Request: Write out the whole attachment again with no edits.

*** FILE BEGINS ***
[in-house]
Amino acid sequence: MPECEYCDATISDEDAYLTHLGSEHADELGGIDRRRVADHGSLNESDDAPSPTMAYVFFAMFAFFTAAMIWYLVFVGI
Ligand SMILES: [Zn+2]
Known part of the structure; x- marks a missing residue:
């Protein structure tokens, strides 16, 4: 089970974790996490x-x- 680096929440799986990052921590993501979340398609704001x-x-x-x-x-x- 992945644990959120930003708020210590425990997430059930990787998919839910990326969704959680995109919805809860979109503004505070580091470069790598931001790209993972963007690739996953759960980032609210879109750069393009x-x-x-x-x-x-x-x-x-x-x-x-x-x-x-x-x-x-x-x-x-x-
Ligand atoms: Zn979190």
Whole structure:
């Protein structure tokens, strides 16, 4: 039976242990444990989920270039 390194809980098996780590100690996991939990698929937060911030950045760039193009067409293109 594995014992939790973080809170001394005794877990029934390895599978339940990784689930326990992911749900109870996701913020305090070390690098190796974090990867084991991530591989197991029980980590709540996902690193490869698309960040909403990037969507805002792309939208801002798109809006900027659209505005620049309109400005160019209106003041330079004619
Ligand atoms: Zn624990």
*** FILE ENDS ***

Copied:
[in-house]
Amino acid sequence: MPECEYCDATISDEDAYLTHLGSEHADELGGIDRRRVADHGSLNESDDAPSPTMAYVFFAMFAFFTAAMIWYLVFVGI
Ligand SMILES: [Zn+2]
Known part of the structure; x- marks a missing residue:
């Protein structure tokens, strides 16, 4: 089970974790996490x-x- 680096929440799986990052921590993501979340398609704001x-x-x-x-x-x- 992945644990959120930003708020210590425990997430059930990787998919839910990326969704959680995109919805809860979109503004505070580091470069790598931001790209993972963007690739996953759960980032609210879109750069393009x-x-x-x-x-x-x-x-x-x-x-x-x-x-x-x-x-x-x-x-x-x-
Ligand atoms: Zn979190």
Whole structure:
């Protein structure tokens, strides 16, 4: 039976242990444990989920270039 390194809980098996780590100690996991939990698929937060911030950045760039193009067409293109 594995014992939790973080809170001394005794877990029934390895599978339940990784689930326990992911749900109870996701913020305090070390690098190796974090990867084991991530591989197991029980980590709540996902690193490869698309960040909403990037969507805002792309939208801002798109809006900027659209505005620049309109400005160019209106003041330079004619
Ligand atoms: Zn624990």